Washington, D.C., October 5, 2009 - The Voice of America condemns the indefinite ban on reporting imposed on three VOA journalists by the government in the semi-autonomous region of Puntland in northeastern Somalia.
"This represents censorship and a serious blow to press freedoms and cannot be tolerated," said Voice of America Director Dan Austin. "Our journalists all over the world follow the guidelines laid out in the VOA charter; reporting that is accurate, objective and comprehensive. I urge the Puntland government to reverse this suspension immediately."
Puntland's Deputy Minister of Information Abdishakur Mire Adan issued a letter late last week, banning three VOA reporters - Nuh Muse, Mohamed Yasin, and Abdulkadir Mohamed - and any other VOA journalist from working in the region. The deputy minister also ordered all VOA affiliate FM stations to cease airing VOA programs.
"Access to information is a basic right enshrined in the 60-year-old
Universal Declaration of Human Rights," said Steven J. Simmons of the
Broadcasting Board of Governors which oversees U.S. international
broadcasting including the Voice of America. "It is a tragedy that
those most in need will be deprived of essential news and information
by these actions."
On Friday, Puntland Security Minister General Abdullah Samara also wrote a letter, describing VOA reports in the region as "negative" and inciting "instability."
Chief of VOA's Somali Service Abdi Yabarow believes the decision to suspend VOA broadcasts came after the service aired an interview with Sheikh Sayid Khalif, a moderate Sufi Muslim leader who told VOA he had opened an Ahlu Sunna Wal-Jama'a branch in Puntland. The Sheikh went on to condemn the extremist practices of Al-Shabab and other hardline religious groups in Somalia. Several weeks ago, Puntland officials briefly detained reporter Mohamed Yasin after he reported that the former governor's son had killed a man in broad daylight.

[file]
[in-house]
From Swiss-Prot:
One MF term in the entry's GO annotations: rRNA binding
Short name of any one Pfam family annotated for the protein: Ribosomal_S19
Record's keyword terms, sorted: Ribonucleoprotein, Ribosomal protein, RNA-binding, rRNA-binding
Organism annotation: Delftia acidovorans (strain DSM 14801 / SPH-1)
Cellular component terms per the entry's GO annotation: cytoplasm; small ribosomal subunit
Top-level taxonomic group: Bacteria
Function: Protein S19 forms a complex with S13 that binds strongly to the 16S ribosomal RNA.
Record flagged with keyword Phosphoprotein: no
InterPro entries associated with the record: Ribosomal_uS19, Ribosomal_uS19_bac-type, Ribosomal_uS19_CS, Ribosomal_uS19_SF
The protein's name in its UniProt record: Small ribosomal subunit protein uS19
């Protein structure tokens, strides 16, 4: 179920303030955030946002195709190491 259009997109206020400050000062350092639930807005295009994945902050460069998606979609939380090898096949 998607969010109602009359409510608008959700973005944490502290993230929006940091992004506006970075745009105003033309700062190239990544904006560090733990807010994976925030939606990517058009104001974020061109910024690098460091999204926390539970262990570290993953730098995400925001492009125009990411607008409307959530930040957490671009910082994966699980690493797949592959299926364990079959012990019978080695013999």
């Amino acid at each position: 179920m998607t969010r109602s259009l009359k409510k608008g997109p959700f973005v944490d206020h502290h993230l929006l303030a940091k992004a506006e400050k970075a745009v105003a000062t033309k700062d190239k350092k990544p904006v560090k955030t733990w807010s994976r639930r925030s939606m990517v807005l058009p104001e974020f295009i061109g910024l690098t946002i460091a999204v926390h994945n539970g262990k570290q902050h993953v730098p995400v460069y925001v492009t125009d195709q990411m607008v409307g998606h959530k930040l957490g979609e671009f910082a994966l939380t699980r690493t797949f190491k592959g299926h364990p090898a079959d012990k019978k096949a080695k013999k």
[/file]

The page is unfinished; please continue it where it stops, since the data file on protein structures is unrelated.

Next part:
Yabarow said, "We ask Puntland authorities to allow the free flow of information. For the last two years, VOA journalists have reported the news fairly and accurately in Puntland, where we have many listeners. We also urge officials to allow our affiliates to do their jobs and broadcast our programs."
VOA's Somali Service broadcasts three hours and 30 minutes of news and information programming daily, 7 days a week on AM, FM, shortwave and the Internet at www.VOANews.com/Somali.
The Voice of America, which first went on the air in 1942, is a multimedia international broadcasting service funded by the U.S. Government through the Broadcasting Board of Governors. VOA broadcasts more than 1,500 hours of news, information, educational, and cultural programming every week to an estimated worldwide audience of more than 125 million people. Programs are produced in 45 languages. VOA is the leading U.S. international broadcaster.
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